Monday, March 07, 2011
#76: Out of the Past
The name is noir. Film noir.
A most undefinable yet an instantly recognizable genre. One that gets it's expression in low light, elusive women and bleak endings. Where mystery is a way of life and smart innocent men are chased for no fault. Like in The Maltese Falcon, there might be something invaluable to pursue or like in Chinatown there might be a massive cover up. Either way, the mysticism is meant to be gratifying. Out of the Past, a movie made in 1947, by Jacques Tourneur was the archetypical film noir of it's age and symbolized all the elements that go into making the movies of this genre, which if done well, are extremely absorbing to follow.
It begins sleepily with car mechanic Jeff Bailey (Robert Mitchum) and his girlfriend Ann (Virginia Huston) daydreaming in a field in remote California. Just when it seems all's right with their world, we are soon made aware that Jeff used to be a private eye not so long ago and was involved in pursuing a lady called Kathie Moffat (Jane Greer) at the behest of a client Whit Sterling (Kirk Douglas). Back then, Jeff's pursuits had given way to an ineseperable attraction towards Kathie - a fact Jeff tried best to keep away from Whit even as both Jeff and Kathie eloped to a faraway town to lead a life of happily ever after.
Fate strikes with the proverbial alternate plan when Whit's colleague, Joe lands up at the couple's doorstep in a hope to extract some money by blackmailing them. Kathie in a bid to thwart Joe ends up killing him. She flees before Jeff can gather his senses and leaves Jeff fending for himself as a murder accused. Jeff too flees from the scene of crime. Cut to present and Whit has not only tracked Jeff down but he has also called for him again. Will Jeff go to Whit? What could it be for? Will this lead to Kathie again? Will Jeff leave his current girlfriend for Kathie, a flame he stoked passionately in the past? Well, the name is noir. Film noir!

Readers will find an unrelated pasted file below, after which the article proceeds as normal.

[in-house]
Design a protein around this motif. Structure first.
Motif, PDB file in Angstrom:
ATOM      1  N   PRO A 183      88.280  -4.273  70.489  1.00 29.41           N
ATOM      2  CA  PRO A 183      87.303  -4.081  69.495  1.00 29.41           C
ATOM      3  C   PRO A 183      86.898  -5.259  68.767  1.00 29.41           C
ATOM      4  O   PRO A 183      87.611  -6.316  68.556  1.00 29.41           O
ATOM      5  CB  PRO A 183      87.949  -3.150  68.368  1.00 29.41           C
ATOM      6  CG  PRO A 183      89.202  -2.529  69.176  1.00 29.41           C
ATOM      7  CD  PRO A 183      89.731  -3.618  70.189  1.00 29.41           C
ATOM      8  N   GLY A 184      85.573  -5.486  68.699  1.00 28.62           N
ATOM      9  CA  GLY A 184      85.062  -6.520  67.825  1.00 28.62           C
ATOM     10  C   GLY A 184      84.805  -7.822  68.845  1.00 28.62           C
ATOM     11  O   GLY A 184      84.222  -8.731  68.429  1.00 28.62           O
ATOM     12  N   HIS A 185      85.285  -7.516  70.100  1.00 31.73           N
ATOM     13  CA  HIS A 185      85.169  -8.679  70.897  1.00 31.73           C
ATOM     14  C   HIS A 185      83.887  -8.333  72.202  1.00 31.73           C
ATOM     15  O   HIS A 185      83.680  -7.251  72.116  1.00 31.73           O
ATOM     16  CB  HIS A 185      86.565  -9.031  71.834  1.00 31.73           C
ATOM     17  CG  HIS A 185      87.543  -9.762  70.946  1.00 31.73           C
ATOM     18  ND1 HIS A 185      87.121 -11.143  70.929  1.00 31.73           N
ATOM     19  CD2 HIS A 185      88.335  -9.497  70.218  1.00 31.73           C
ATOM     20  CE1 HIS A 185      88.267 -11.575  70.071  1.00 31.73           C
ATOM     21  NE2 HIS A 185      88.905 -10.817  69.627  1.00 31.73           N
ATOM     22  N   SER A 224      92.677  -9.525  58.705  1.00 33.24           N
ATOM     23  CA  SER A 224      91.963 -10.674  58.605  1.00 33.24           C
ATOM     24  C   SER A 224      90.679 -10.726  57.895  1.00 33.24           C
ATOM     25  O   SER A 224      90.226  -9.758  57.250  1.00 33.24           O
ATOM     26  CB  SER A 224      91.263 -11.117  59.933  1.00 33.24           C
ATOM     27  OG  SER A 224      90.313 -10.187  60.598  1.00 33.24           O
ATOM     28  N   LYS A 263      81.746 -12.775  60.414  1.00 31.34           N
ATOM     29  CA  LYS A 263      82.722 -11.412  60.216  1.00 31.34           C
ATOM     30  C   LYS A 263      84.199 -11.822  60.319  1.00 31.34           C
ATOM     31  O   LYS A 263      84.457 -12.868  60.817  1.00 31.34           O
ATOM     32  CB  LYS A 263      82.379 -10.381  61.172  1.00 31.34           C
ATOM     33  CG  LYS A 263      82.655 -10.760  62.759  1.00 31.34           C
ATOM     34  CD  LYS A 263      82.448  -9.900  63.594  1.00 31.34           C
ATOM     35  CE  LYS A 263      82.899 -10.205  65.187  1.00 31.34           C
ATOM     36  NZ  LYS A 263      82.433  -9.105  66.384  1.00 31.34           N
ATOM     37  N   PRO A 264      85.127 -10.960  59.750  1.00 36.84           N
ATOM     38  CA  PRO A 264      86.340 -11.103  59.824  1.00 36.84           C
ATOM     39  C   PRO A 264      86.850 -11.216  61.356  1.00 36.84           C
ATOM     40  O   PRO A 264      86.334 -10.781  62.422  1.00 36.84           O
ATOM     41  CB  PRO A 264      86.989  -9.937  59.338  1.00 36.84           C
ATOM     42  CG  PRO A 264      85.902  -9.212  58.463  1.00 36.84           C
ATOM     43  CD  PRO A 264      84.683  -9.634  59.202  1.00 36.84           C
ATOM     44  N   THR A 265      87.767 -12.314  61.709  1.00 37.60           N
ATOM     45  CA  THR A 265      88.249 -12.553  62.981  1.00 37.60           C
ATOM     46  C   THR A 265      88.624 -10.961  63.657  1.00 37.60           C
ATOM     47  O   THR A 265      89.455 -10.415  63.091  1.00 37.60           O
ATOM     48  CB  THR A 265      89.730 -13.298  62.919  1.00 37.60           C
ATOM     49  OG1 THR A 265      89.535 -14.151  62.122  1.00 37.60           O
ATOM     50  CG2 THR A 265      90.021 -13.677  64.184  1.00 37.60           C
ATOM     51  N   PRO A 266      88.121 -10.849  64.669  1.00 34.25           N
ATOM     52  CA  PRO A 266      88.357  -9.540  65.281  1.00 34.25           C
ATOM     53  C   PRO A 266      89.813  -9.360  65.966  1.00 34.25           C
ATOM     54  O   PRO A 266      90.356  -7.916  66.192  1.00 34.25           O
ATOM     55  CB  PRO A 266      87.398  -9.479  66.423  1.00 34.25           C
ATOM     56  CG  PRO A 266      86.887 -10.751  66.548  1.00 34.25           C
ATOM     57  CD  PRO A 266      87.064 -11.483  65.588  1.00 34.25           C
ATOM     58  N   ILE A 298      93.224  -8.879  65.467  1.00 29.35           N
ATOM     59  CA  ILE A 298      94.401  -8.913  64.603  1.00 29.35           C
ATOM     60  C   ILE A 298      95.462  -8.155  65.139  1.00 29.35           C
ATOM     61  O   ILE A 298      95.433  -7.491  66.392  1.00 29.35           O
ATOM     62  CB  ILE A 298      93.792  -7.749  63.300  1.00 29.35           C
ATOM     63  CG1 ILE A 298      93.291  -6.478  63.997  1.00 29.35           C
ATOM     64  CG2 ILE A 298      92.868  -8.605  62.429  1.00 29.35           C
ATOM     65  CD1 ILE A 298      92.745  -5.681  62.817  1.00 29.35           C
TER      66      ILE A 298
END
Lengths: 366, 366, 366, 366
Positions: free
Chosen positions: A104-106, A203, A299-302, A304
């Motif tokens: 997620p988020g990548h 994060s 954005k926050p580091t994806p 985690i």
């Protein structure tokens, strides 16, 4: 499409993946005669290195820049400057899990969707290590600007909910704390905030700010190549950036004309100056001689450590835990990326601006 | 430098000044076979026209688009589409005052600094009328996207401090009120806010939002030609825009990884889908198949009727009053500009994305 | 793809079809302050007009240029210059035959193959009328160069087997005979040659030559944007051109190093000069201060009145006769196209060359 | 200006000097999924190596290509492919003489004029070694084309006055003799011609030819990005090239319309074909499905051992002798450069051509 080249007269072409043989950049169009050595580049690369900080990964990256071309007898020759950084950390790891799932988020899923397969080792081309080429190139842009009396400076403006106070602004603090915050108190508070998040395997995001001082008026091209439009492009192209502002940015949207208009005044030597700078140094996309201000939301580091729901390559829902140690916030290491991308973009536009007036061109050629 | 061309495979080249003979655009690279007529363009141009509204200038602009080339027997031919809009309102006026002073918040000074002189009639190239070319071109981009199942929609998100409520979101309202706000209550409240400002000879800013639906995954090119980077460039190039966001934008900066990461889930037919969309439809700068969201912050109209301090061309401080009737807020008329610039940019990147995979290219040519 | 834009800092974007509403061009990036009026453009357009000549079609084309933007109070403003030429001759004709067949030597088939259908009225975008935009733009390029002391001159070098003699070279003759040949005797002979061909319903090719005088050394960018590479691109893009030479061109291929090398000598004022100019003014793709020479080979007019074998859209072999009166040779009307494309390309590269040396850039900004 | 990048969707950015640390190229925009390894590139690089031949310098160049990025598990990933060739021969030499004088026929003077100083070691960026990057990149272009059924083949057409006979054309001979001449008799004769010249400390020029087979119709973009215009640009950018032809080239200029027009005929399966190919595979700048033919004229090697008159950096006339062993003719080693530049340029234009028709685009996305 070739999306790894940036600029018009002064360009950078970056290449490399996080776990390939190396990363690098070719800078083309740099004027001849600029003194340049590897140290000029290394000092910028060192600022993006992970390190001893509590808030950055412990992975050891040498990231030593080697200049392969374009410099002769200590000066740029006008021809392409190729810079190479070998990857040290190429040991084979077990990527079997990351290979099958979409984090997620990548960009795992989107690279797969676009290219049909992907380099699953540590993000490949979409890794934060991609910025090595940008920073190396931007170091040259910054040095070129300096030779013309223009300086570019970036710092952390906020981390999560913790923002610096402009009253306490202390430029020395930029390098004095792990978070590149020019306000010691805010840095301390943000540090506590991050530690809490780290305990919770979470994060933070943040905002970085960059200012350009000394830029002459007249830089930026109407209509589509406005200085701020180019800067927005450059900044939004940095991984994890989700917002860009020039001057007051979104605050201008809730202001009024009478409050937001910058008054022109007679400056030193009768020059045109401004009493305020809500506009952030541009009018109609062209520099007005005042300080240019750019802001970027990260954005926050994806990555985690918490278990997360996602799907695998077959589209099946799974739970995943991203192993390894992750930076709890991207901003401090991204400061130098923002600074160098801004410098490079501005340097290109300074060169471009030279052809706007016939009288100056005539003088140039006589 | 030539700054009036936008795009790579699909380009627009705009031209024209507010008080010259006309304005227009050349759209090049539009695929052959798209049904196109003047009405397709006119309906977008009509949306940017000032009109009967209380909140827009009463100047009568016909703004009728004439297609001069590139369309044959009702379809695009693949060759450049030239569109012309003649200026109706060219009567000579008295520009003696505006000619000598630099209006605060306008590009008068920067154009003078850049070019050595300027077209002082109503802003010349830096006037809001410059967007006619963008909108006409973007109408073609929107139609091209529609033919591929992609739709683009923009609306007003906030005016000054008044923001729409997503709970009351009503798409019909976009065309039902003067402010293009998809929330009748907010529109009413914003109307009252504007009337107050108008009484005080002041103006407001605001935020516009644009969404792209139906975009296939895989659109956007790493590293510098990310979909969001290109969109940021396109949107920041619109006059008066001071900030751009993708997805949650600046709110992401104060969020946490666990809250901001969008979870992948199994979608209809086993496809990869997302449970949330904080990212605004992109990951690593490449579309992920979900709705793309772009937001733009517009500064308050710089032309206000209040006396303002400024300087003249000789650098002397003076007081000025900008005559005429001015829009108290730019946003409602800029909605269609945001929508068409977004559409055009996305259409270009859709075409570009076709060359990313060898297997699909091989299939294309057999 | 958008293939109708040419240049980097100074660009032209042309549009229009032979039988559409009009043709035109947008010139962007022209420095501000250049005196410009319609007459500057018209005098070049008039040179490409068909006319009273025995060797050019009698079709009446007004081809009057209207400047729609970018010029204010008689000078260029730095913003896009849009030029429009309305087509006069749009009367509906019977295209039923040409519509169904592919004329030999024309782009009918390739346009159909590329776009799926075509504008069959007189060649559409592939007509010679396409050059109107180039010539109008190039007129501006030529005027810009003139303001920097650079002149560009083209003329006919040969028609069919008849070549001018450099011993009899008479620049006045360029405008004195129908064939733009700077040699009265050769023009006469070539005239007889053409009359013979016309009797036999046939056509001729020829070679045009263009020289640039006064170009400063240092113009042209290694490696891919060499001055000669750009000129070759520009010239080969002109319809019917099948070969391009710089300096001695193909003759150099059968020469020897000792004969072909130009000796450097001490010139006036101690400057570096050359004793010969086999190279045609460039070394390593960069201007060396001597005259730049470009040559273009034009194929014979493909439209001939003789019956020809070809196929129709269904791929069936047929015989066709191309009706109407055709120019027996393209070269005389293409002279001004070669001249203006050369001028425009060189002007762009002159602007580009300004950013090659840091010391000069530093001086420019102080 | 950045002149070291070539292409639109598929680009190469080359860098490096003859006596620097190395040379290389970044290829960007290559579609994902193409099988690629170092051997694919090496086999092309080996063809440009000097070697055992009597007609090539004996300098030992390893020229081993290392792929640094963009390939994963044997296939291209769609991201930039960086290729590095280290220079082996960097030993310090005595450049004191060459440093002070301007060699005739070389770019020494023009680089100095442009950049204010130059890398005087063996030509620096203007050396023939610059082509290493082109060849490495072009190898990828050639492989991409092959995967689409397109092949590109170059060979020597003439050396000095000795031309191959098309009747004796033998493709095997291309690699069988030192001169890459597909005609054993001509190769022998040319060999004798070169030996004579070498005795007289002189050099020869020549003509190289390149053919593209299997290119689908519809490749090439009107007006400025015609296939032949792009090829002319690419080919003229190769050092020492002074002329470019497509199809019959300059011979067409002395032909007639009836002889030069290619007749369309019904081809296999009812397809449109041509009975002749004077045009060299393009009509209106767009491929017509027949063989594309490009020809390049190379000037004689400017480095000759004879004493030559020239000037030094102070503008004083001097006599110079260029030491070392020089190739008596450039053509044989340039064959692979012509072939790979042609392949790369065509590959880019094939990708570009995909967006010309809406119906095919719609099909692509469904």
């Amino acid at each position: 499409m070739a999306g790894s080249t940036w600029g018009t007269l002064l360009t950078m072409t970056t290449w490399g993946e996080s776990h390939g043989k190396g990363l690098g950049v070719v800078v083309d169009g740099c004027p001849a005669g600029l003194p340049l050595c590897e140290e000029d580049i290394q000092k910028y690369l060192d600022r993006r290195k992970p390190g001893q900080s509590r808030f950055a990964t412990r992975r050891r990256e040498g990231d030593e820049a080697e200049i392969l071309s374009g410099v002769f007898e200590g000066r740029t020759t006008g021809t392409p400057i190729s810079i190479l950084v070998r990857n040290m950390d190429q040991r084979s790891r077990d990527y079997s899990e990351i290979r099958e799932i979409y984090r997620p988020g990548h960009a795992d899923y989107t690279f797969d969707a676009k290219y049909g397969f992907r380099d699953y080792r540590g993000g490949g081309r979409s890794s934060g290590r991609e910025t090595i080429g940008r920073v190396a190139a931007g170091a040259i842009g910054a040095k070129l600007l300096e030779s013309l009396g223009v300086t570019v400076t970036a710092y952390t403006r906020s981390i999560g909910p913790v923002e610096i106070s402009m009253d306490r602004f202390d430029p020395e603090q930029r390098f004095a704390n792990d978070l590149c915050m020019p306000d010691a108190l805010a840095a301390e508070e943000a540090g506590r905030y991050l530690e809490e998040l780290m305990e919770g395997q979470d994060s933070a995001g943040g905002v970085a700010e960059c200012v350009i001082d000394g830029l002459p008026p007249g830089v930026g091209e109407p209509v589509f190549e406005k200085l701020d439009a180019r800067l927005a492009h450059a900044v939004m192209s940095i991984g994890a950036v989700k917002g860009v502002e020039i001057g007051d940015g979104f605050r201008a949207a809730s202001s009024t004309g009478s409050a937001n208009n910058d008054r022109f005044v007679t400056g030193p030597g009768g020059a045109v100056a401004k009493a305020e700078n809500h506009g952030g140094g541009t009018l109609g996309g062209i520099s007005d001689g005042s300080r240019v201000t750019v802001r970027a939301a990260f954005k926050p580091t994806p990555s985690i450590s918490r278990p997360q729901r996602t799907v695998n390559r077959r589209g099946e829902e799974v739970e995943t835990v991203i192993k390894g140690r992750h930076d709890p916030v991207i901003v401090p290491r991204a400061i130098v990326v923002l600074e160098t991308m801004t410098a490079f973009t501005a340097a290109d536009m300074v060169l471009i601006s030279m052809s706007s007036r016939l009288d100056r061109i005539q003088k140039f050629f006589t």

The genre can be so tantalizing, it can put sex to shame. And Out of the Past is as good as any in this genre. The plus point is clearly the story that comes across in multiple flashbacks and is narrated to us through Jeff's voice. The air of mystery is so generously engulfing Kathie, one has a hard time figuring if she is a femme fatale or a woman wronged. Writer Daniel Mainwaring, however reserves his best for the last, putting together a mean ending, one that's as ironic as stark. One that will fulfil your appetite as a viewer but still make you wish things could've turned differently for the characters.
Out of the Past is the kind of movie where the story is so perenially ahead of the characters actions that one can't pay much attention to 'how' an actor is performing. Because 'what' the character is doing assumes preeminence. And that is always a good thing. Let me just end this by saying, if film-noir is your thing, you must dig this 'Out of the Past'!